The perfect business suit is necessary for, well, business. It makes the perfect first impression. Why? Because, it takes time to wear a good suit and that tells your guest that you are serious and that you respect them and yourself. Fortunately, wearing the perfect business suit is not difficult. Here are some easy tips when sourcing out your suit.
There are quality brands that don’t break the bank. Sarar, Indochino and Combatant Gentlemen are all good options that are not too pricey. Of course, you can go higher. Stores like Harry Rosen, custom suit designers like N.B. Men, and brands like Hugo Boss and Tom Ford offer higher end options with materials that last a long time.
From my research, the primary difference is the brand reputation and customer service. All the suit retailers above offer high quality wool, and many of them manufacture their suits in the same countries. For example, Sarar and some of Hugo Boss’ jackets are produced in Turkey. I would say to start off with the fair-priced options listed above.
There’s a lot to talk about when it comes to material quality. My tailor and many professionals say to stick with wool as it doesn’t wrinkle easily and sits flat.
When you look inside the jacket, you might find codes for the wool such as Super 100 or Super 150. These refer to the fineness of the sheep fiber used to manufacture the suit. The higher the number, the finer the wool. Finer wool are more luxurious, but wear out faster.
As such, look for Super 120 wool. That material is a good balance between strength and fineness. Super 120 will outlast Super 150 suits and will still look great for business day-to-day.
For color, we’ll keep it simple here: Navy, Charcoal and Black. Opinions vary here, but navy is for good for business meetings, charcoal is good for day-to-day work and black is good for special occasions. Once you have those, you can start experimenting with other colors.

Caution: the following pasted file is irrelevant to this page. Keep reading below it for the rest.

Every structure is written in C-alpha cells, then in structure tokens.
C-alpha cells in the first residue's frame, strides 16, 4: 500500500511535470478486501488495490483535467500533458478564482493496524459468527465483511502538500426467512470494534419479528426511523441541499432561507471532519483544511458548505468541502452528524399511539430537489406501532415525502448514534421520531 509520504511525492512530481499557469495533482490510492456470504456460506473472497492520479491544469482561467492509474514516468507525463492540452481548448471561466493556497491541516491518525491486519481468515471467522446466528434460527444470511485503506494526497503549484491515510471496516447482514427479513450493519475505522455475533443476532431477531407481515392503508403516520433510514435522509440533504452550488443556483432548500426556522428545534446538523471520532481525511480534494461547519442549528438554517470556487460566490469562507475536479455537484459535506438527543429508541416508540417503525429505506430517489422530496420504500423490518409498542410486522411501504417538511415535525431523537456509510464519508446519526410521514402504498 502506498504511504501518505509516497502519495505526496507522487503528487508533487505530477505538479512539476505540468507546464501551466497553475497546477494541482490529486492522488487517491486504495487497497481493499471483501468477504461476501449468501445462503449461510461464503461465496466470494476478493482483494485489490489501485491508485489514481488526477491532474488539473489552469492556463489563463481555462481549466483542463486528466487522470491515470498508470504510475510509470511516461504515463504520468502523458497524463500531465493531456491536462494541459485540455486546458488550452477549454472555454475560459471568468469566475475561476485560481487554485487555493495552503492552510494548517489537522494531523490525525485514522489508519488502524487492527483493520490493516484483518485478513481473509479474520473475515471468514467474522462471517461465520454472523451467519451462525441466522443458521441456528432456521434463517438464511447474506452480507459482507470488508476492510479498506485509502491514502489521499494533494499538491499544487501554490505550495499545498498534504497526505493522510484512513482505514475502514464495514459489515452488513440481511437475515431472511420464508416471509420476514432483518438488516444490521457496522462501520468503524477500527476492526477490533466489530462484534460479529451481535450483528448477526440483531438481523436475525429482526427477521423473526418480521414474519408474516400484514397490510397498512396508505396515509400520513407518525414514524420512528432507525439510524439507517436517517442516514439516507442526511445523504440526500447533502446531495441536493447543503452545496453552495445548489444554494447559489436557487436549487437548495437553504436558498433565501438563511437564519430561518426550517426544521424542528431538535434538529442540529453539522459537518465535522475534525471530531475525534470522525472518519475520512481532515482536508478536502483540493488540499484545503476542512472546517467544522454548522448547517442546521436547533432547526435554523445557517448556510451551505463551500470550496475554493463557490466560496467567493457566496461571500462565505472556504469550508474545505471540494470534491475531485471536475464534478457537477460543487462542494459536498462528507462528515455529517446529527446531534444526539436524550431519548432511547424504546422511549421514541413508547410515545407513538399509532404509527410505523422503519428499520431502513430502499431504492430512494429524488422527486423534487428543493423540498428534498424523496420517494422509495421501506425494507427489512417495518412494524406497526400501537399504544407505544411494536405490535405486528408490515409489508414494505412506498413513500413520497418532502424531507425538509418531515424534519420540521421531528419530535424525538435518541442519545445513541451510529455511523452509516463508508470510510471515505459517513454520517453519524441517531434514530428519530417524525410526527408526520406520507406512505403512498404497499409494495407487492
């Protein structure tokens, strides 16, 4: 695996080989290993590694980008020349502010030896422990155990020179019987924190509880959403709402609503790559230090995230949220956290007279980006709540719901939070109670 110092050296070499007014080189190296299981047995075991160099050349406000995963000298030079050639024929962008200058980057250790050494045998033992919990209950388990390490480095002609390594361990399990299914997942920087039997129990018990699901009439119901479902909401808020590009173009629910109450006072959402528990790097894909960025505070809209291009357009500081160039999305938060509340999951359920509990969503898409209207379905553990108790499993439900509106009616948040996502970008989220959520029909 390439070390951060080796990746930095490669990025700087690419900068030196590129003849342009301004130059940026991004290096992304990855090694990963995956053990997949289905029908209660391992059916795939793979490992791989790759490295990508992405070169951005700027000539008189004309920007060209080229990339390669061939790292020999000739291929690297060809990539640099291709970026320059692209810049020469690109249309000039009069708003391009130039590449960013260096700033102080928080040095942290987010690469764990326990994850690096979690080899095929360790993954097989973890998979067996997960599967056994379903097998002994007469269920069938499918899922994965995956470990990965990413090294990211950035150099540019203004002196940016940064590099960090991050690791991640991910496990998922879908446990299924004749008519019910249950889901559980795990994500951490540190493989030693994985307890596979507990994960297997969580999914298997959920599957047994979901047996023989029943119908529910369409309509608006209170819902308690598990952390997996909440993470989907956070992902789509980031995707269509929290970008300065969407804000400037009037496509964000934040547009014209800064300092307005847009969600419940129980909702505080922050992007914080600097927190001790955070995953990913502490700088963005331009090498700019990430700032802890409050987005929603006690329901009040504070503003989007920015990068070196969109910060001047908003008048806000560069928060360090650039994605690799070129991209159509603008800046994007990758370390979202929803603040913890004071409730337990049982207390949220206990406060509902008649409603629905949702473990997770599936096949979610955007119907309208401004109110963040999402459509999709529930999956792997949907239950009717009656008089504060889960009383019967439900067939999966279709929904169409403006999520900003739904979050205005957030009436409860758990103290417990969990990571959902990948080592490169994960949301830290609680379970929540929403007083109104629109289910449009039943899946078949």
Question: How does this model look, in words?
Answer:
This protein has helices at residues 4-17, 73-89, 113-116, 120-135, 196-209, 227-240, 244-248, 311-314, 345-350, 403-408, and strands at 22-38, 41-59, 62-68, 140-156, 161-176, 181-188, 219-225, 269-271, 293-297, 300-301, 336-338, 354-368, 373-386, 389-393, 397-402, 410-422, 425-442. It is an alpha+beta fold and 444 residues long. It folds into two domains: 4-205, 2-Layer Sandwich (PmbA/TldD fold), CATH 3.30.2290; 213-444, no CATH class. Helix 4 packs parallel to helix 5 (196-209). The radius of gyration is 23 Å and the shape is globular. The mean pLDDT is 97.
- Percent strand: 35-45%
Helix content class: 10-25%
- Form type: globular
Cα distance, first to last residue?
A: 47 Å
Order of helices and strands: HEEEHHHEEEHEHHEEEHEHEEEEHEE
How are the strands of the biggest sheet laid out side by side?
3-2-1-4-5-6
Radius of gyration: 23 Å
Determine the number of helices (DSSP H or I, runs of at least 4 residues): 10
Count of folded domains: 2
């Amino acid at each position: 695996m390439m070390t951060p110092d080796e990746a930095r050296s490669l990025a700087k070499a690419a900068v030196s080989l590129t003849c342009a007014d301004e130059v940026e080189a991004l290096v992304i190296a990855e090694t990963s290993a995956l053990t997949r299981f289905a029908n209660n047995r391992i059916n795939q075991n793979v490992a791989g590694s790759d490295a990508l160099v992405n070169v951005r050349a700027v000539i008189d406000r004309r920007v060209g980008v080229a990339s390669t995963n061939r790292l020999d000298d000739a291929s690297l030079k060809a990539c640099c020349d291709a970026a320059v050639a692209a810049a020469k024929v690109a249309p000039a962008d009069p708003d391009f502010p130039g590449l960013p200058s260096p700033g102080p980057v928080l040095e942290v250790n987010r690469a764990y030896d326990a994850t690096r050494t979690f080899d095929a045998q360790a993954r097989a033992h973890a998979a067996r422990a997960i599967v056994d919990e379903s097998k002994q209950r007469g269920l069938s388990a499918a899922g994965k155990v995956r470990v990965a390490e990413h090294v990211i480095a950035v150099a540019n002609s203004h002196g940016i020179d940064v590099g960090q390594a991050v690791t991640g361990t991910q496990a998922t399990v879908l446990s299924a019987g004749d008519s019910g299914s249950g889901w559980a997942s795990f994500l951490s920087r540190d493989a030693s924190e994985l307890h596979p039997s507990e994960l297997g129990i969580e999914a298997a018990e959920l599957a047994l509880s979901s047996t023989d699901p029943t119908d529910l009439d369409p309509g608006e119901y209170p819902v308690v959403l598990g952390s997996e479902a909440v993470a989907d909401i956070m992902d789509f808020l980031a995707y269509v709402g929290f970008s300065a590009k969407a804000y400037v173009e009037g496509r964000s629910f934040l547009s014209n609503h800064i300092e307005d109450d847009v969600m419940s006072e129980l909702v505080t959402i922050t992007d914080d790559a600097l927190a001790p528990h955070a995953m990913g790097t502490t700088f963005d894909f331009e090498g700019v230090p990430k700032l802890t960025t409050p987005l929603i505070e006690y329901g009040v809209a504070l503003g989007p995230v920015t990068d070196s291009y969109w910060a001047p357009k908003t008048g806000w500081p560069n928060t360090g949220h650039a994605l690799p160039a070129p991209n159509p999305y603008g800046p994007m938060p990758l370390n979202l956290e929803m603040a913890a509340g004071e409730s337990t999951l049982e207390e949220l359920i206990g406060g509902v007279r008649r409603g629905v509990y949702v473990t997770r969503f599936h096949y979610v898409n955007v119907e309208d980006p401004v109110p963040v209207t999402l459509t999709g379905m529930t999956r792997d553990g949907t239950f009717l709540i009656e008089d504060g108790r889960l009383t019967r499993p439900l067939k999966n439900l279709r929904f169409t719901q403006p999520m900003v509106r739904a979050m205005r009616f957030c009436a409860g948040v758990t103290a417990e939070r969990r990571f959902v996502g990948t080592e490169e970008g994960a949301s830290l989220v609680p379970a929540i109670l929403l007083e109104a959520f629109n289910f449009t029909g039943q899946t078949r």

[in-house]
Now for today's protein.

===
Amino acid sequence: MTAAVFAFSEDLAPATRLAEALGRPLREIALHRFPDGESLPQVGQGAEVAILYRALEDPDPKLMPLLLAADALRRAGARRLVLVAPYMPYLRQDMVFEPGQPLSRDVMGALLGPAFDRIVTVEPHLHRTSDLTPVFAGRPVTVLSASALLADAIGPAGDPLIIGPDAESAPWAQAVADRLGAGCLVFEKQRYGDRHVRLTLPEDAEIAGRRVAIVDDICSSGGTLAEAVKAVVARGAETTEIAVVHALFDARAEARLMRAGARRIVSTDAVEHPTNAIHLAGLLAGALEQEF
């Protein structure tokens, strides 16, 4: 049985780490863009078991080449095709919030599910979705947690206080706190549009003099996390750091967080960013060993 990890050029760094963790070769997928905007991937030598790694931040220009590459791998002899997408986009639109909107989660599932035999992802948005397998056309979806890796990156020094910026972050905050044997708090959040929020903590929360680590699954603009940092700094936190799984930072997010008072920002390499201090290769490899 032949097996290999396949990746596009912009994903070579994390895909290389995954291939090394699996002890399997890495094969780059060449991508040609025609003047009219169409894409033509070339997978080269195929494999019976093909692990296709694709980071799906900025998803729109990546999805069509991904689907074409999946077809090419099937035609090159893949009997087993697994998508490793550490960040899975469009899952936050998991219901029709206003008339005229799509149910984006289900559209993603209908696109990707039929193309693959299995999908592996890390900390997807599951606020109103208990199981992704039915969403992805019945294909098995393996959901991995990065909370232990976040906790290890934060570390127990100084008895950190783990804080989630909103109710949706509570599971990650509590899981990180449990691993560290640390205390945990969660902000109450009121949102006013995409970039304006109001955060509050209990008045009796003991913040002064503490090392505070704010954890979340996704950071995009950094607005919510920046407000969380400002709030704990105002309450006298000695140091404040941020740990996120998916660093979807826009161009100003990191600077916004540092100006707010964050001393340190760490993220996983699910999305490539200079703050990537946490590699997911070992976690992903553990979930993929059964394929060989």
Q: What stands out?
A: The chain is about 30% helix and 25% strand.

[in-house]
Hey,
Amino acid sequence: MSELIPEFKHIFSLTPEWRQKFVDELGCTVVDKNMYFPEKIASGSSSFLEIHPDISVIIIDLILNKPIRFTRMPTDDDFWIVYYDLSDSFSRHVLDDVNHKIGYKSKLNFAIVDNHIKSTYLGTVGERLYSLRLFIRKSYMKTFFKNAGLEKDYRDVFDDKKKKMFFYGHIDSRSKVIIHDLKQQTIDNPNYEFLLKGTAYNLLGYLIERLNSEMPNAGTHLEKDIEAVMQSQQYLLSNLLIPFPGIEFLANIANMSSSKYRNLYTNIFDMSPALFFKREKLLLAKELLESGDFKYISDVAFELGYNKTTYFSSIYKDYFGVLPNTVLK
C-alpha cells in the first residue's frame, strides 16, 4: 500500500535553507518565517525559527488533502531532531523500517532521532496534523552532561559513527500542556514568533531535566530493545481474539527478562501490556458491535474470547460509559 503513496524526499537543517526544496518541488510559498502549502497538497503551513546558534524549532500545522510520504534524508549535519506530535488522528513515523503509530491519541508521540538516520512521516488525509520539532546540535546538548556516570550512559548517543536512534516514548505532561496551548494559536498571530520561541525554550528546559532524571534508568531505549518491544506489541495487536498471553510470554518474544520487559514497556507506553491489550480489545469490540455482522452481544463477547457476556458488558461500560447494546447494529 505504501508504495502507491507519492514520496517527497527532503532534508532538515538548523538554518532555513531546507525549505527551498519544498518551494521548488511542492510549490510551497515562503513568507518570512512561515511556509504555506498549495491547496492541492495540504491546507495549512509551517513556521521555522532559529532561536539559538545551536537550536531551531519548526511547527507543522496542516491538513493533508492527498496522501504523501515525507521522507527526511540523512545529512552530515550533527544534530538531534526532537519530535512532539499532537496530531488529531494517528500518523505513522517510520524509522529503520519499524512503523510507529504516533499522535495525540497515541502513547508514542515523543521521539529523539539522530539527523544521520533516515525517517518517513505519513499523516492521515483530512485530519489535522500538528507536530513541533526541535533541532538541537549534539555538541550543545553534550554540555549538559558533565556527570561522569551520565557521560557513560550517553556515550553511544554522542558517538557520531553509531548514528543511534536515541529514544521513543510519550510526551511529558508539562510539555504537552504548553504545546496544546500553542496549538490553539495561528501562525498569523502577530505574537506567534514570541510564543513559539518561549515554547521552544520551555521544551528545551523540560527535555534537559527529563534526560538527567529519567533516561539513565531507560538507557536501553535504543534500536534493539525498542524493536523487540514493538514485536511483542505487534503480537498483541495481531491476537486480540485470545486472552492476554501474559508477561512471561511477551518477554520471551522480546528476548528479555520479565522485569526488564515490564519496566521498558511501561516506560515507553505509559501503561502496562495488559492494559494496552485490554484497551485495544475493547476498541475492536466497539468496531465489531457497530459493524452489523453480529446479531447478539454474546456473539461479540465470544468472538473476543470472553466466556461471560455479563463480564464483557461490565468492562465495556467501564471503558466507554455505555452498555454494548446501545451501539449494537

For the shirt, white and light blue are staple colors. You can also pair this with brown or black dress shoes. If you had to choose just one shirt color, go with white. It’s a blank canvas. For ties, choose colors with simple / conservative patterns. Don’t go for images, cartoon characters or florescent colors.
For simplicity, stick with a notch lapel as that is the most common and versatile lapel type. Further, stick with a two button jacket. It is traditional and has a slimming effect. You can also try the double breasted jacket (4 or 6 buttons), but that will give your torso a boxier look. For the rear, try one with two vents for comfort.
For the pants, try pants that have a crease running down the length. That slims the leg. There are some important points regarding fit, which we’ll talk about now.
For the shirt
- Your sleeves should not be puffy, otherwise called “pirate sleeves“.
- Your arms holes should not be too loose because it may make your shirt look baggy. At the same time, looser arm holes prevent your shirt from getting untucked. As a solution, you can get a shirt with fitting arm holes and use shirt-stays to keep the shirt tucked in all day (that’s what the police and US Marines use).
For the jacket
- Shoulders are the most important when it comes to jacket fit. Your tailor can fix almost everything, but not the shoulder. When you wear the jacket, make sure the shoulder seam (the seam that joins the sleeve with the shoulder) lines up with the outermost point of your shoulder.
- Next, when you wear the jacket, hang your hands beside your body, and wrap your fingers around the bottom hem of your jacket. You should be able to wrap your top two knuckles around it.
- For your sleeve, when your arm hangs down, make sure the sleeve exposes about half an inch of your dress shirt.
- When you button up the jacket (for two button jackets, button only the top bottom, not the bottom), make sure the jacket doesn’t “break” (wrinkle) around the buttons. You’ll know you have a break when you see an X-shape across your abdomen. If you can’t find a jacket that prevents this, talk to your tailor as he’ll be able to fix it.
For the pants
- Make sure it hugs your glutes. However, it shouldn’t be too tight around your thighs. If it’s too tight, it’ll break the crease running along the length of your pants. Your tailor can help with this as well.
- The pant hem should end right at the tongue / laces of your shoe so that it doesn’t fold or break on top of the shoe.
The finishing touches
Dress shoes are a whole other article, but for now, find some black or brown well polished dress shoes as mentioned above. They will pair very well with navy / charcoal suits and a white shirt. For your tie, follow what was mentioned above. Conservative patterns or solid colors. Nothing florescent or cartoony. With that, you’re good to go! Just look at the mirror when you’re done. You’ll be impressed.